Formula 1 has traditionally been a showcase of the latest and greatest technology. Carbon fiber has been commonplace in the sport now for more than a decade. Traction control has been utilized by the teams up until this year. Computerized fluid dynamics machines have been installed in the headquarters of almost all the manufacturers. Turbos were even used at one point. KERS is different - finally some leading edge technology is making it from the road to the grid.
KERS stands for Kinetic Energy Recovery System and is very simple in principle. But, as with everything implemented in Formula 1, it will be engineered within a hair of its tolerances to provide maximum performance with the least amount of weight.
Even though there has been a lot of talk about the technology as of late, many fans don't understand how it works or even what it is.
In a nutshell, KERS is a regenerative braking system that will allow the cars to recover some of the energy that was usually lost as heat and store it for later use. That later use part is the key defining property of this system; it will be used when the driver pushes a button on the steering wheel, almost like the Turbo Boost feature on Michael Knight's KITT. Though, the technology may seem like it is something out of a badly acted primetime sci-fi drama, it's for the most part already being used on everyday automobiles.
Capturing the energy is quite simple, with generators being installed in the wheels that resist turning and provide power instead. The main problem is how to store this energy and then make it available for use later on. Two of the options that are currently known are storing energy in batteries or in a flywheel.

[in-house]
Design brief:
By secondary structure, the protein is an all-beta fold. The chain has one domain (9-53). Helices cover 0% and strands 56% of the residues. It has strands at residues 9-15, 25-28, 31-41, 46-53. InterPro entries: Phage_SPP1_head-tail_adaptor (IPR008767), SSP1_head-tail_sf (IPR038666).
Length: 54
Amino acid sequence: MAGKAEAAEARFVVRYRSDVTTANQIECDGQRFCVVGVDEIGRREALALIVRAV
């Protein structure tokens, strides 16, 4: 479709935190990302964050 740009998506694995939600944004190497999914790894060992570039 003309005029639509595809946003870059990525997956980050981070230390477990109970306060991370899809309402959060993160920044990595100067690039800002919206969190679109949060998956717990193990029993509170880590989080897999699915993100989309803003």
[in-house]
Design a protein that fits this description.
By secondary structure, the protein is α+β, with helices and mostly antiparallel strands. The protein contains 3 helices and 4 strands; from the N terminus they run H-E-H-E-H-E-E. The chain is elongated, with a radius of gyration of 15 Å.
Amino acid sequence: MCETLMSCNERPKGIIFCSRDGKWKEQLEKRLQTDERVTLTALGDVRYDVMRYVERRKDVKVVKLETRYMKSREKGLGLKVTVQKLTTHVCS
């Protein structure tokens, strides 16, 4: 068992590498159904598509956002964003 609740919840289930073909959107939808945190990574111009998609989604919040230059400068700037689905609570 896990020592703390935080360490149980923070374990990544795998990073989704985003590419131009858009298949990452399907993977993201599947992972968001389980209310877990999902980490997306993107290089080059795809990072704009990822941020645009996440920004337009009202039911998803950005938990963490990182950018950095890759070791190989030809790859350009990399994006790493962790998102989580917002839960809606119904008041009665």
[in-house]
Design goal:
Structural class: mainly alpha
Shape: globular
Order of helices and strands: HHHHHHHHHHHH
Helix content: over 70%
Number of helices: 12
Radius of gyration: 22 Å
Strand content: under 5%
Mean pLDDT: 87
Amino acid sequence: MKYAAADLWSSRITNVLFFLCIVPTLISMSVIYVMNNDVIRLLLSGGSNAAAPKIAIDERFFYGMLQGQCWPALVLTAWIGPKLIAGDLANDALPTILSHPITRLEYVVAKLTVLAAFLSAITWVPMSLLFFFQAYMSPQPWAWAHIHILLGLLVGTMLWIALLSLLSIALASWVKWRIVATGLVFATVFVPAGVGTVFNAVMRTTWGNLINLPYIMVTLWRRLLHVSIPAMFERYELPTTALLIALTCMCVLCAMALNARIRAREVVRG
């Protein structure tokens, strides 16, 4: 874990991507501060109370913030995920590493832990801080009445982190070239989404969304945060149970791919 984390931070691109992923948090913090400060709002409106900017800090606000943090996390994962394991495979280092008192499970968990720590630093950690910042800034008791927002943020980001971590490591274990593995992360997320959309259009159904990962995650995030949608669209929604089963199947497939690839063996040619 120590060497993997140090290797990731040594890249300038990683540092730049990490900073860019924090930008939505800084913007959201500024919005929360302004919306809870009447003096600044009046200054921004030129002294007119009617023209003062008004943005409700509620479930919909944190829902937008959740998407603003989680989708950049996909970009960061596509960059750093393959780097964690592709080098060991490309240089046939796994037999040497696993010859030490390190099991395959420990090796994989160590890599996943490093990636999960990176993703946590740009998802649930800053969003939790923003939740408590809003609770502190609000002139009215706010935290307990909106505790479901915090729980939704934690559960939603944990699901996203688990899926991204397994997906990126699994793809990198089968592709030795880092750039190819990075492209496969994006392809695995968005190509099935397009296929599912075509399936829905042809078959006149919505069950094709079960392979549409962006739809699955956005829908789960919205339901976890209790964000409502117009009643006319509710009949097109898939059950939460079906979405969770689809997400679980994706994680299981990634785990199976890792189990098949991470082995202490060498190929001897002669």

Flywheel based KERS seems to be the lesser popular of the two options, with only Williams, Honda, and Toyota rumoured to be developing it for their cars. In the case of the flywheel, energy captured from the wheels is used to power the spinning disc to an estimated 50,000RPM. When the driver wants to use this energy, a system of clutches engages with the flywheel and sends all this extra kinetic energy through the drivetrain and into the wheels, effectively increasing the amount of power being put to the ground.
The second option, battery based KERS, is the system of choice so far. BMW is definitely committed to this option, as was evidenced last week when a mechanic touching one of the cars after a test run received a massive shock when he touched the chassis. Most of the other teams are expected to pick this type of KERS as well. The only difference between this and the flywheel type is the storage of the energy is done via battery. These batteries (along with the entire system) is thought to weigh around 25kg or more. Also, this system is what already exists on road cars today. The energy is recovered, stored in batteries, and, on the driver's command, the energy is sent to electric motors within the rear wheel hubs.
Both systems effectively have around the same performance due to FIA regulations mandating that they only be able to recover 60kW of energy from a single axle on the car and release only 400kJ of energy per lap. This equals to around an extra 80 horsepower being sent to the wheels for duration of 7 seconds per lap.
But, is this all safe? What are the ramifications of this technology? Why are they implementing it now? And how is the FIA going to keep tabs on all this? Check back throughout the week for more insight on KERS and what it means for Formula 1.